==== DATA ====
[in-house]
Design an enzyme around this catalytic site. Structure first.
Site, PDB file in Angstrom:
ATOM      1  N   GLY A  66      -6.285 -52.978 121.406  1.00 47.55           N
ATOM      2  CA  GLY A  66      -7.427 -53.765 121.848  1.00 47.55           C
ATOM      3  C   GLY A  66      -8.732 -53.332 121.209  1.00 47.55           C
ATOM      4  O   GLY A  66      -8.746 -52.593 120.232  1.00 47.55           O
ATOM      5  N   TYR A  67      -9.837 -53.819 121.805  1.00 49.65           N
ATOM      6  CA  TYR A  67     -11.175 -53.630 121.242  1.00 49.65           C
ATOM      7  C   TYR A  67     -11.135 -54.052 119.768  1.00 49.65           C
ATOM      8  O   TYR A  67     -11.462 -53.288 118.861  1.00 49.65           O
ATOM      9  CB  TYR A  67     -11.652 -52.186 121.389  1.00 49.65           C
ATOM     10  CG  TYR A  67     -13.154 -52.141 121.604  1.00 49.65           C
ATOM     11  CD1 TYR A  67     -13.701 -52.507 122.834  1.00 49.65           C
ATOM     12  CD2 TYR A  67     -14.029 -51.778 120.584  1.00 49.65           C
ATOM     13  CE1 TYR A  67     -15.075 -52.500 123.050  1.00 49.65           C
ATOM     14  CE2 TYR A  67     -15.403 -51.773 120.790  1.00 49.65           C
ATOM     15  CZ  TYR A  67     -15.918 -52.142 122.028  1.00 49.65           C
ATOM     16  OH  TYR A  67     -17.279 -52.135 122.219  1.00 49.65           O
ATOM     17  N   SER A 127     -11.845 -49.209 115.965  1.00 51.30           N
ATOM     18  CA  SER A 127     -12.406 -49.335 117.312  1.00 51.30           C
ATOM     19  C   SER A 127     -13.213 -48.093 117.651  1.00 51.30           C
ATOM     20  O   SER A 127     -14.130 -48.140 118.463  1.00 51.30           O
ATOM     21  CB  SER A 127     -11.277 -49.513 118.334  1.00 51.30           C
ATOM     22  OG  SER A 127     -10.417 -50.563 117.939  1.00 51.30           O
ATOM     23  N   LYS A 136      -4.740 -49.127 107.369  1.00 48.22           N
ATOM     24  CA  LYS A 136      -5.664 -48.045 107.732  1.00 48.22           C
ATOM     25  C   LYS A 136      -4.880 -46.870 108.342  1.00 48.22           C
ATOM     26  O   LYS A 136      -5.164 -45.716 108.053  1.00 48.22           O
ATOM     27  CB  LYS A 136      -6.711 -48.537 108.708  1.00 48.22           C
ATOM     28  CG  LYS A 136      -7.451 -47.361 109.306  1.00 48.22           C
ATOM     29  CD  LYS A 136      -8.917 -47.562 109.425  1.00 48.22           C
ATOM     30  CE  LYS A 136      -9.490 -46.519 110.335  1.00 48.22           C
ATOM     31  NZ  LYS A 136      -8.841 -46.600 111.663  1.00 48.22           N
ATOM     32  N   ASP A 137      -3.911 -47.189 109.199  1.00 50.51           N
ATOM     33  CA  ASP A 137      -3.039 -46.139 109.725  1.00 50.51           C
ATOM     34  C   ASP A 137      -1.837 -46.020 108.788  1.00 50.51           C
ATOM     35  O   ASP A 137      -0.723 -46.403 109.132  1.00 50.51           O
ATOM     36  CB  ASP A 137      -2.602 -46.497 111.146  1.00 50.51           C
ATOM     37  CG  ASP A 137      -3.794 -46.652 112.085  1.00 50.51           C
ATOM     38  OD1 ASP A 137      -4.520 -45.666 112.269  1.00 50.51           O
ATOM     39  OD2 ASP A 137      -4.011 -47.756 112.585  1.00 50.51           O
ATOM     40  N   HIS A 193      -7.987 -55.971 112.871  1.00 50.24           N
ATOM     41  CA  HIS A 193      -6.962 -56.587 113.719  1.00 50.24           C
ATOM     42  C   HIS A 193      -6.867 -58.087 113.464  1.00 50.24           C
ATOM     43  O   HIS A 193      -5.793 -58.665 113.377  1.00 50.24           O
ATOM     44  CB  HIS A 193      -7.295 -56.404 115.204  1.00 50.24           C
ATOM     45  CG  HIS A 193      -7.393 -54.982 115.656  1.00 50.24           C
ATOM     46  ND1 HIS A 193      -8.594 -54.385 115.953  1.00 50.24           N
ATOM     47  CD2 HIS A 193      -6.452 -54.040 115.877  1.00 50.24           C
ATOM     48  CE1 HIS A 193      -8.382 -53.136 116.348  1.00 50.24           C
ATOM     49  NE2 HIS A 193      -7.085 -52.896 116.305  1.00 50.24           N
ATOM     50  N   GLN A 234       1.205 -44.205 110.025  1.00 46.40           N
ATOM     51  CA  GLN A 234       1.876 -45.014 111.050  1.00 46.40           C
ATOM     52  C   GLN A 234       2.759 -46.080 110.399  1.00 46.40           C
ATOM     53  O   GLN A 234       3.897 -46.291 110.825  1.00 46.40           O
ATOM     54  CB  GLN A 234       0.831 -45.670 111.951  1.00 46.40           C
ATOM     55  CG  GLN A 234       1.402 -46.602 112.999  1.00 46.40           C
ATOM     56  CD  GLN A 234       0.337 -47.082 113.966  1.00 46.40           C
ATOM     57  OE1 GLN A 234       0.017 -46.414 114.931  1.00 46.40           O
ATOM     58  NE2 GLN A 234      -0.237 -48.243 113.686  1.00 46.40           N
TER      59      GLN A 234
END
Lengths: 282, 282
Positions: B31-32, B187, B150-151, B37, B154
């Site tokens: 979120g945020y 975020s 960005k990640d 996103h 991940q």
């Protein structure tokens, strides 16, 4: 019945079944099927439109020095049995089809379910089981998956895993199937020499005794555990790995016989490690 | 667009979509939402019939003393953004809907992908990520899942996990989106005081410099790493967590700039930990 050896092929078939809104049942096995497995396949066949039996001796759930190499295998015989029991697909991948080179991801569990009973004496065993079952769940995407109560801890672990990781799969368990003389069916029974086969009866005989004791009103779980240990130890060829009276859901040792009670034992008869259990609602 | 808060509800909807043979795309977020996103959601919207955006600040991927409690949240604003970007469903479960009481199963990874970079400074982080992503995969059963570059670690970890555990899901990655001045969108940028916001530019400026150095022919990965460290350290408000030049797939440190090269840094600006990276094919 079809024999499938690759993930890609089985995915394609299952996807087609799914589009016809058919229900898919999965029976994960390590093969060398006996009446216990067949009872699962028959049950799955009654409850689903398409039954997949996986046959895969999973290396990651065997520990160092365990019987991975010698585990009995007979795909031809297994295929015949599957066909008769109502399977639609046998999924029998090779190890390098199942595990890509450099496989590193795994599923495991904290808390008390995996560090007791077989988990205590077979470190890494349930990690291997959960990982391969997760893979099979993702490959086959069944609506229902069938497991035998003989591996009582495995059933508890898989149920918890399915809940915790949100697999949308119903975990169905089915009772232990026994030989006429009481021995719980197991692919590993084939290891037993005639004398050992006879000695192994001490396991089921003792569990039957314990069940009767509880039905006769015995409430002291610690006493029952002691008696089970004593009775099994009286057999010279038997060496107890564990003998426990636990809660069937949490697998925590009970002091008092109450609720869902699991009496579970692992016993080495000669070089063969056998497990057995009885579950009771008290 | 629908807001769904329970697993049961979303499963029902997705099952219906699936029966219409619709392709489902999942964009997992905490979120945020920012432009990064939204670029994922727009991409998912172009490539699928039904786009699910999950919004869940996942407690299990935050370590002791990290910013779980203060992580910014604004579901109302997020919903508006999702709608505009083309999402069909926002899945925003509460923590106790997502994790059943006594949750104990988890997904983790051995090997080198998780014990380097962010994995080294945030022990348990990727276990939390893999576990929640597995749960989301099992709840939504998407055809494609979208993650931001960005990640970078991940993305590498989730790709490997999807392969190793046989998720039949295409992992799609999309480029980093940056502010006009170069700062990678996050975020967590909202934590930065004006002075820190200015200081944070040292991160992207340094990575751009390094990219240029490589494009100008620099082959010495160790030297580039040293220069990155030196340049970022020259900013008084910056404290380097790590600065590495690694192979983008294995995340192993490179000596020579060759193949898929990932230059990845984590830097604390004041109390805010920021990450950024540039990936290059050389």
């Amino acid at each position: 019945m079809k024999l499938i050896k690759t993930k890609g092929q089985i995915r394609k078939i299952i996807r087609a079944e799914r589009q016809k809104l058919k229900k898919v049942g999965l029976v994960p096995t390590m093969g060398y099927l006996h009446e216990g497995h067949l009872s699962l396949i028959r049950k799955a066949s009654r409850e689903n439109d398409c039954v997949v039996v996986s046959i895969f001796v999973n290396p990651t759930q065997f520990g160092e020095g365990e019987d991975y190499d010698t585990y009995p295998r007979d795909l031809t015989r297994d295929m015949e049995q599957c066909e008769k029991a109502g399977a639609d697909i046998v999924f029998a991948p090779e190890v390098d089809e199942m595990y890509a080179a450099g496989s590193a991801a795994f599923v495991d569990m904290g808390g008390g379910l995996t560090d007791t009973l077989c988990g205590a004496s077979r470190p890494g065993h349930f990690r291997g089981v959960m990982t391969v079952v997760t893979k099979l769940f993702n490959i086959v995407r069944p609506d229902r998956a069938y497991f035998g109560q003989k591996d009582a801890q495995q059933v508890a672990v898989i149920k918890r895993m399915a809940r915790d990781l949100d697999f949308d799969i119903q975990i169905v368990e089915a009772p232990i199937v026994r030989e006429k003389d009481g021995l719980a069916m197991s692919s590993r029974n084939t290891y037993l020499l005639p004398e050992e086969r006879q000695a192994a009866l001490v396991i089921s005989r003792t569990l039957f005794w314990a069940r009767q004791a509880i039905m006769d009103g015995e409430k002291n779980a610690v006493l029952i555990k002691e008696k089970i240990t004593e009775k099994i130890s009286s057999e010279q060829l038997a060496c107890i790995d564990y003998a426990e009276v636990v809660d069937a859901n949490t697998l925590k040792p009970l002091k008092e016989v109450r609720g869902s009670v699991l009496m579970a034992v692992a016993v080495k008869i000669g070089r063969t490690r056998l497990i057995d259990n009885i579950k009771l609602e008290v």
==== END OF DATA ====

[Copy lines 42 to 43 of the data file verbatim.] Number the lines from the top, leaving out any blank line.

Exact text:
ATOM     39  OD2 ASP A 137      -4.011 -47.756 112.585  1.00 50.51           O
ATOM     40  N   HIS A 193      -7.987 -55.971 112.871  1.00 50.24           N